Can you think yourself thin? Megan Wood goes under in an attempt to kick unhealthy food cravings.
Under hypnosis we are said to be more suggestible. By introducing positive messages and associations while hypnotised we can break unhealthy habits: we know we shouldn't bite our nails, smoke, drink too much or overeat but for many the struggle to control these urges is a losing battle. But why is this? Ian Blaine of the Auckland Hypnotherapy Clinic has been a hypnotherapist for 12 years and he believes our bad habits lie in our subconscious all the time. So while our conscious mind is telling us to say no to dessert, our subconscious is yelling "eat the pudding!" Hypnosis is said to work by targeting our pesky subconscious directly to give it a stern talking to. Sounds great, but what if your subconscious doesn't listen?
When most of us think of hypnosis we think of illusionists on stage. They entertain by getting the audience to do bizarre things (cluck, cluck). While the use of hypnosis for entertainment is modern, the medical applications date back to the 18th century. In the late 1700s a German physician by the name of Franz Mesmer used hypnosis to treat his patients but he was a bit lacking in scientific facts. He believed the process involved occult forces he termed "animal magnetism". While his methods of hypnosis were widely discredited it wasn't all bad news: his name gave birth to the term "mesmerism".
Despite scepticism around Mesmer's practices, hypnosis was explored in the next century too. In particular by a Scottish surgeon, James Braid, who coined the term "hypnotism" and was considered the first real hypnotherapist.
Sigmund Freud famously experimented with hypnosis in the early 20th century and hypnotherapy was used during World War I to treat shell shock victims. It is still commonly used in the treatment of PTSD and turned to as a way to overcome myriad bad habits.
Approximately 90 per cent of our daily activities are controlled by the subconscious, the place where our habits and automatic behaviours live - not all of them positive.
Ian Blaine points to "theta brainwaves", a part of our subconscious that allows us to be influenced and absorb information and ideas. These "brainwaves" are said to be active when we are dreaming, or hypnotised.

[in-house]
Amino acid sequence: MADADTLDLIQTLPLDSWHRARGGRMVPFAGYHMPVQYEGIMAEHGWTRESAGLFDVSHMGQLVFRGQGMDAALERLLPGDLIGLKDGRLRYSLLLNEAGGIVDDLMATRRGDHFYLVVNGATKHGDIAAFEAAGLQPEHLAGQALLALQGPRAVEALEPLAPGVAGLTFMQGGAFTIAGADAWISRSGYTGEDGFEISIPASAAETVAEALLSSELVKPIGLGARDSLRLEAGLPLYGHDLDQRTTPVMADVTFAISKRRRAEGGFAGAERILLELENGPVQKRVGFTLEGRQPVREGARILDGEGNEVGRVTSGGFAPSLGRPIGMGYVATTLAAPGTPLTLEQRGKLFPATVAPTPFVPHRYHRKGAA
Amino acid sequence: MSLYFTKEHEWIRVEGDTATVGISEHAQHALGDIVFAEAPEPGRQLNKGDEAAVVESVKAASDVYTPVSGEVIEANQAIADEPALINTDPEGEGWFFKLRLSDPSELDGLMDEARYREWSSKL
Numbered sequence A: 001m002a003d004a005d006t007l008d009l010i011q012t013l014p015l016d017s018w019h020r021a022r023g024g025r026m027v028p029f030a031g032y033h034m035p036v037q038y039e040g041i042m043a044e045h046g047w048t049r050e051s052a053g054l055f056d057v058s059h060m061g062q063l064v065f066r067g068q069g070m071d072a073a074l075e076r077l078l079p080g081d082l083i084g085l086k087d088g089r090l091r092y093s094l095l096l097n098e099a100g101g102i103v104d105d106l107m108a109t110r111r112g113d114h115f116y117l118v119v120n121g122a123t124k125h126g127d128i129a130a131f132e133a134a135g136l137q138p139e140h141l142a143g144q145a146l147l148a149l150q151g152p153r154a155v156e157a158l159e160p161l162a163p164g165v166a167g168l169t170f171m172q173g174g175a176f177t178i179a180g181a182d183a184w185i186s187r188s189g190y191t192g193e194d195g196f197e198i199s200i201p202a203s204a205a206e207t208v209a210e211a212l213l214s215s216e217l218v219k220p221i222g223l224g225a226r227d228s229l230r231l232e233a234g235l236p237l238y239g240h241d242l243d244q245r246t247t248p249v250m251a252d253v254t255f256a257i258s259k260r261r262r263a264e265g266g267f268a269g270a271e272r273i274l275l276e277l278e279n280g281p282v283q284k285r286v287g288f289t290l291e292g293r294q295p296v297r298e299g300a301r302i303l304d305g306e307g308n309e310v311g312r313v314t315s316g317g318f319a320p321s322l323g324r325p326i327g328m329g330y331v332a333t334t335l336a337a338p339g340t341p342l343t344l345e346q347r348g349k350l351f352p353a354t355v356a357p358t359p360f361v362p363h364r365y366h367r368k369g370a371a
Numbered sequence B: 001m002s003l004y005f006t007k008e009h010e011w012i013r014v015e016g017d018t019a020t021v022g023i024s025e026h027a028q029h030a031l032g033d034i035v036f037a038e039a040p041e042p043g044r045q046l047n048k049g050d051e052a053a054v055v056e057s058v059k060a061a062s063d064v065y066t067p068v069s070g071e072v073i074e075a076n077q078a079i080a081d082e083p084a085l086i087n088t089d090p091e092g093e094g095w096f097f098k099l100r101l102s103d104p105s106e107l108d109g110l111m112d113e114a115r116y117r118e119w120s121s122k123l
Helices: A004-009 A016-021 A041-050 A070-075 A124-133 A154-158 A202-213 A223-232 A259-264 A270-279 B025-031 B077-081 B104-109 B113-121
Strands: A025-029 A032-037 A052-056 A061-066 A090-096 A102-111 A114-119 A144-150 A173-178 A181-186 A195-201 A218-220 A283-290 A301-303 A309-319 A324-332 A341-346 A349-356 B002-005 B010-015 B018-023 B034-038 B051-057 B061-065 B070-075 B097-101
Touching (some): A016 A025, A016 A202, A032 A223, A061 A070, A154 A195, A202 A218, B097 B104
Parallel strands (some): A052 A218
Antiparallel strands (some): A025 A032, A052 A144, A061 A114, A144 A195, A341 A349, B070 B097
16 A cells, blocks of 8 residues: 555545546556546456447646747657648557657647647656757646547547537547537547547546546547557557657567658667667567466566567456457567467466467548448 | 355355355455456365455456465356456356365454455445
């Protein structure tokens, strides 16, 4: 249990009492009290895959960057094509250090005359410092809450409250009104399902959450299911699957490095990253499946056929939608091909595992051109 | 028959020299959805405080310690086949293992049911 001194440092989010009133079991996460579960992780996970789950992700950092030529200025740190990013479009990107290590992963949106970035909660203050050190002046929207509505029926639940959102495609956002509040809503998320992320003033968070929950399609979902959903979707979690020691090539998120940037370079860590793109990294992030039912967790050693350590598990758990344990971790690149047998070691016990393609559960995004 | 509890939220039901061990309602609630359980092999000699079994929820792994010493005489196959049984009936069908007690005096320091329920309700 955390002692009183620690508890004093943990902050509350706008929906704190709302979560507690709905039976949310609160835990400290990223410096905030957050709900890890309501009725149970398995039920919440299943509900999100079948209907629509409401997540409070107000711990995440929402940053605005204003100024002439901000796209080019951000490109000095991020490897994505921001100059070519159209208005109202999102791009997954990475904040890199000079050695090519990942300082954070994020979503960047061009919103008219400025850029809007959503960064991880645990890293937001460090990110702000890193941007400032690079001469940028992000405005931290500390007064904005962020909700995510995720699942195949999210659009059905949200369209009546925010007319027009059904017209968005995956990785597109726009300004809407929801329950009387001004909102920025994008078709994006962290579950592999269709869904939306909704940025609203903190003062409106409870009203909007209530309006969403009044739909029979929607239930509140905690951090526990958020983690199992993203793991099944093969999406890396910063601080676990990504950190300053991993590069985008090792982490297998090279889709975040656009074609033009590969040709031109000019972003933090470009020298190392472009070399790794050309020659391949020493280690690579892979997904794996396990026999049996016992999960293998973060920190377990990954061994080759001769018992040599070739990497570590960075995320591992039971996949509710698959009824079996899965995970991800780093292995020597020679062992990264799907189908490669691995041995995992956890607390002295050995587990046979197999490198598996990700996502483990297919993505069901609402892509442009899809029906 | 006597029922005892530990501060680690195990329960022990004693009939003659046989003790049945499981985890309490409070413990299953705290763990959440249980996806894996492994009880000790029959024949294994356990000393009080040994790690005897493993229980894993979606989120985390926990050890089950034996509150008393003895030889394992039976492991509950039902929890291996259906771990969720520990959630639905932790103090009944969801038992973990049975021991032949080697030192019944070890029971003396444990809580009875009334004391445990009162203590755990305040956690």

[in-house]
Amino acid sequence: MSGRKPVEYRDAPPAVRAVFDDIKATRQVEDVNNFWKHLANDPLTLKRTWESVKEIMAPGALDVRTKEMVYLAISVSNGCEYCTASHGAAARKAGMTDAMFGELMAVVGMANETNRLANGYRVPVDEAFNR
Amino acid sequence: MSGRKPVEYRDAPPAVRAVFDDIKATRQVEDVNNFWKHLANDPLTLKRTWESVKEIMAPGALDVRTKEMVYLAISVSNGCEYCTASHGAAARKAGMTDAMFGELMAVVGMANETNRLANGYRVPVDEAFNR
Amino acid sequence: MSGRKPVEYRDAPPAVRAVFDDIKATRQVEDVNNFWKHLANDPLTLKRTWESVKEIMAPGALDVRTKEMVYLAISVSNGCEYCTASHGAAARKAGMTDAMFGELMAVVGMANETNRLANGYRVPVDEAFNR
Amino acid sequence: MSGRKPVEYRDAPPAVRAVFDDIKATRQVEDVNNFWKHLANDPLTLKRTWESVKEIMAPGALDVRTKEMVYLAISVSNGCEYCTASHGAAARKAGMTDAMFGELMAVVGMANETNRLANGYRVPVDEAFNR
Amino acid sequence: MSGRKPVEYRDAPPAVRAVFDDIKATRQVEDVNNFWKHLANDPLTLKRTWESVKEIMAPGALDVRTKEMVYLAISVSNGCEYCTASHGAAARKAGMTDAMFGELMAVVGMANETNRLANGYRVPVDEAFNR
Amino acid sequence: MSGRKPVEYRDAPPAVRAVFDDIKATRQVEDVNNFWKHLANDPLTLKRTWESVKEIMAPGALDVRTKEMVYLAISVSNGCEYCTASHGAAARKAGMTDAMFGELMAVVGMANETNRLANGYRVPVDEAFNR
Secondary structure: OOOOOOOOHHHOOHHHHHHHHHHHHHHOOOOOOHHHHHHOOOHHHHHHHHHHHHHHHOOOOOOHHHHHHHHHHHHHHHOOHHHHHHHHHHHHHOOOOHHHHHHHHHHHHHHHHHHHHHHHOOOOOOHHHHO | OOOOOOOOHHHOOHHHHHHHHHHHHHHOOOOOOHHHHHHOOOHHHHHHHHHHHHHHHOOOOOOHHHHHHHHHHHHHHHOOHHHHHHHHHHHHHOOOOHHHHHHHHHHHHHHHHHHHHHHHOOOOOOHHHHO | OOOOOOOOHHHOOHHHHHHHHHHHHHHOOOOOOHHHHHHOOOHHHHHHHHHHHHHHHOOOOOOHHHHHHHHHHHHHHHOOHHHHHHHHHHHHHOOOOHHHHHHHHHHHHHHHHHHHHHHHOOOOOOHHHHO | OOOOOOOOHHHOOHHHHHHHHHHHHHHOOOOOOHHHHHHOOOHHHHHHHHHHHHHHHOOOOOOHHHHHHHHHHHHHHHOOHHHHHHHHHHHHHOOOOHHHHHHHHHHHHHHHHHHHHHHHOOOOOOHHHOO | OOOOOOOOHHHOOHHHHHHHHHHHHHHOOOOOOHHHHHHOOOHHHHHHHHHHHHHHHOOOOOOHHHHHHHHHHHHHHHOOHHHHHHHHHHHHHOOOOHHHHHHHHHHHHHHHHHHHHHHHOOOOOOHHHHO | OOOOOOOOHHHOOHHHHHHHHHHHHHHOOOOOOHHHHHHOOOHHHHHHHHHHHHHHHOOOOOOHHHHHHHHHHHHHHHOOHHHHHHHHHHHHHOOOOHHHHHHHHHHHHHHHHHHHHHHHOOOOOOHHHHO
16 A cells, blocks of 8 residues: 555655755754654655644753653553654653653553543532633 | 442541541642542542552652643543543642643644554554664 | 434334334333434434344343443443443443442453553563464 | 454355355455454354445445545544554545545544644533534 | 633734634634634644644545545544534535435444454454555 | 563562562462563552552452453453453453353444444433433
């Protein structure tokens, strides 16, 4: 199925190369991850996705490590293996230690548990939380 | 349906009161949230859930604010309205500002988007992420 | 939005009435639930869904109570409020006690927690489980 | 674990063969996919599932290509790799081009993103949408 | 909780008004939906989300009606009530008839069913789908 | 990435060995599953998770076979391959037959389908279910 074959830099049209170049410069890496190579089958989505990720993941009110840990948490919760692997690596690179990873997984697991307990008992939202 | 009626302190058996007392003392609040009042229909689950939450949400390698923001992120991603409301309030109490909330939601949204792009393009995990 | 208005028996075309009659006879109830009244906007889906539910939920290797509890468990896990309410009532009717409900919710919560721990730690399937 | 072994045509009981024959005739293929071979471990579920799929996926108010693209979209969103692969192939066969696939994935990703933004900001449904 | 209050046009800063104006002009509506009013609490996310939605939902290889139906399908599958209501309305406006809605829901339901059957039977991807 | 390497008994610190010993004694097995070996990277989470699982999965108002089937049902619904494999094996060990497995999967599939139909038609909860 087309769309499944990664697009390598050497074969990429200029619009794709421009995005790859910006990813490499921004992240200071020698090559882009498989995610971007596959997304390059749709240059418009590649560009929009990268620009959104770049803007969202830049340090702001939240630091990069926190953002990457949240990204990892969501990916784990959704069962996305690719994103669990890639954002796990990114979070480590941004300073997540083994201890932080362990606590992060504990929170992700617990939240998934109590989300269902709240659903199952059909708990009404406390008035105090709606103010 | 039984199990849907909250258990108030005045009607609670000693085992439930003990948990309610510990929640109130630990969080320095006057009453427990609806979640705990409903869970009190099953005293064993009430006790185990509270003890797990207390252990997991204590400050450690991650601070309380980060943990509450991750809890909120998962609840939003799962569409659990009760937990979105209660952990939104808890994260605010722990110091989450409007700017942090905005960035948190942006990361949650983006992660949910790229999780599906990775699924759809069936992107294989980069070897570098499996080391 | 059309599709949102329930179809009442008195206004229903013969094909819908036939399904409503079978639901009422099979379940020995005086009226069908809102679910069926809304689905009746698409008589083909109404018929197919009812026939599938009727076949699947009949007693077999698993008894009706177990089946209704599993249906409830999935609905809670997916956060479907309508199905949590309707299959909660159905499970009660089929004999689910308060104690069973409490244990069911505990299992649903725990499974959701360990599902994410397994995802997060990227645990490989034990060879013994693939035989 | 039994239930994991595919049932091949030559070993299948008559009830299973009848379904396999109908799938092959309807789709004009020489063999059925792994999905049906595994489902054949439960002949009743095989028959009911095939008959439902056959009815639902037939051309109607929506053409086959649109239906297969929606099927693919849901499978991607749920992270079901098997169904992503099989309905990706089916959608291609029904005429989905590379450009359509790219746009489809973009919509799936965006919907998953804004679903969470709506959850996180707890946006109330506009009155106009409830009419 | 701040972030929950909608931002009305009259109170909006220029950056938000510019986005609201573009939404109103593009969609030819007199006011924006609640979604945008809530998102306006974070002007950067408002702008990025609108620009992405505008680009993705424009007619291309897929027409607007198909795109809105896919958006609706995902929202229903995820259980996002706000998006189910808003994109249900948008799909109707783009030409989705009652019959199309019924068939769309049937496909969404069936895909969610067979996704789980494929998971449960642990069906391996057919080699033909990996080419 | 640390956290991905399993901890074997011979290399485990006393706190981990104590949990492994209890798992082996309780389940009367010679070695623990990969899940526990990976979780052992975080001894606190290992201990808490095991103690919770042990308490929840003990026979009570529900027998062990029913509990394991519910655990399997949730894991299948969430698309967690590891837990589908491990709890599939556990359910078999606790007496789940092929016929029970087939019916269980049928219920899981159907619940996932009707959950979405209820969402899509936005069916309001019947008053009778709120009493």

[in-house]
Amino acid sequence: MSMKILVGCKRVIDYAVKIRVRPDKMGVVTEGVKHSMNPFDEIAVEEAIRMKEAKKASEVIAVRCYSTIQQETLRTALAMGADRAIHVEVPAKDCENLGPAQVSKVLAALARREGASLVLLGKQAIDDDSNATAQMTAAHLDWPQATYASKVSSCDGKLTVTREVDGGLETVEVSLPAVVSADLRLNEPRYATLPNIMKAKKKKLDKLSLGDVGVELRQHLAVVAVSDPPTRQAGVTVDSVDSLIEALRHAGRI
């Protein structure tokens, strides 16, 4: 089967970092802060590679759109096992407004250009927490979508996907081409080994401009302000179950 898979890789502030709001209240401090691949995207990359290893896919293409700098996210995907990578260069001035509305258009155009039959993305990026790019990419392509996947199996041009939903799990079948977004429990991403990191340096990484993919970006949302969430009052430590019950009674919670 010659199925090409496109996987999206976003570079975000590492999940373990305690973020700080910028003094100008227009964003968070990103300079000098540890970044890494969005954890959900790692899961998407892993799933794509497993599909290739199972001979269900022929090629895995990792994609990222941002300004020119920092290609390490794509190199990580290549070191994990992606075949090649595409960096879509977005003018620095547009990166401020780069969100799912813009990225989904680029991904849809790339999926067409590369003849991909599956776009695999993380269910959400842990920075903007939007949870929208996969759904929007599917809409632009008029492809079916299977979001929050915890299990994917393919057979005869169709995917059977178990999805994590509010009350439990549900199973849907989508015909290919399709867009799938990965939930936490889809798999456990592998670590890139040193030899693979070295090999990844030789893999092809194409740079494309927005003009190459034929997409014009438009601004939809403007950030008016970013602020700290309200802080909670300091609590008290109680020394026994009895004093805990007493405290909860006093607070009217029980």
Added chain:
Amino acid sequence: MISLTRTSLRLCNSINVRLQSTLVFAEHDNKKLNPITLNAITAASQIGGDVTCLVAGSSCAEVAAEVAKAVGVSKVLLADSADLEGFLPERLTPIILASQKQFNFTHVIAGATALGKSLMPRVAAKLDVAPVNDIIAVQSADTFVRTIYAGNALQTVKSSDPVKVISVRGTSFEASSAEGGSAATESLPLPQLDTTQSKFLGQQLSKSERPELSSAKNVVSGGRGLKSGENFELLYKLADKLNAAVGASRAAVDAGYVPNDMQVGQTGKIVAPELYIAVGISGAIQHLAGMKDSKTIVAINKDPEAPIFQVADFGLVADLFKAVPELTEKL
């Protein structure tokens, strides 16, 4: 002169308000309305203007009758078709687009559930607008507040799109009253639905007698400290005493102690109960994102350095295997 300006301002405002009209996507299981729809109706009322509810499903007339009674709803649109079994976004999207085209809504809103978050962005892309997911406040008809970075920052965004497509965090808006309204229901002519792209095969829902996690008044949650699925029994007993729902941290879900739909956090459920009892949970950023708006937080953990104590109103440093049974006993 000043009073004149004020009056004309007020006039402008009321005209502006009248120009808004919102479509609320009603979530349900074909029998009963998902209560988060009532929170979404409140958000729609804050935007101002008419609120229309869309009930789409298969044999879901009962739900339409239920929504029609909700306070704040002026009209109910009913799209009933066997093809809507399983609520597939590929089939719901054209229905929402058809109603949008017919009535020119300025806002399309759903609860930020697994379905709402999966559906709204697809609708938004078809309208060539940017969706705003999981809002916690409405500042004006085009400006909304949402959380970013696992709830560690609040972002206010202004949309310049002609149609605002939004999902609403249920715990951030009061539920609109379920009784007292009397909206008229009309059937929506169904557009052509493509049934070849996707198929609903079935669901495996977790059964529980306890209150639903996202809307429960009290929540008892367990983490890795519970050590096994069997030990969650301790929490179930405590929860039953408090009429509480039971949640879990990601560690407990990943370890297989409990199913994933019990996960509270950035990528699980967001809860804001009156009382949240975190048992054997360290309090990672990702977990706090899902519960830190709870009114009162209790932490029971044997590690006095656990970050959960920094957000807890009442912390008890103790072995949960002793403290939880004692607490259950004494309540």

When it comes to the effect of hypnosis on weight loss, according to Mayo Clinic professor of medicine, Brent A. Bauer, several studies have been conducted. Of these, the dominant finding is that it only has a minimal effect - on average people lost 2.7kg over 18 months. However, Bauer deems the standard of these studies questionable, concludes it is still difficult to determine just how effective hypnosis might be and points to diet and exercise as the preferred option for weight loss.
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Lying on a couch with my eyes closed in Ian's hypnotherapy clinic, he led me into a very relaxed state using a method very similar to a guided meditation. I felt awake but only just. Ian says this is the most common way to put someone under, but you can also use fixation of attention and eye fatigue, which is where the classic idea of the swinging watch comes from (yes, it really works). Ian asked me about my thoughts around diet and food and I found myself answering without consciously intending to. He asked me to imagine putting the unhealthy foods I crave when stressed or unhappy into a room and shut the door. Then he asked me to visualise a table full of healthy, fresh food and suggested the sight of this nutritious smorgasboard made me happy. There was a lot more covered, including some questions that delved into my childhood, but that is a story for another time.
For about a week after my hypnosis session I found I wasn't thinking about food as much. Whenever I did think about eating something unhealthy a loud voice would shout "no!" in my head. It was working. But unfortunately the effect faded. Ian says this is common and usually recommends ongoing sessions either in person or via audio recording to reinforce the positive messaging. I plan to look into the audio options further, but if I end up clucking like a chicken I am going to be very upset.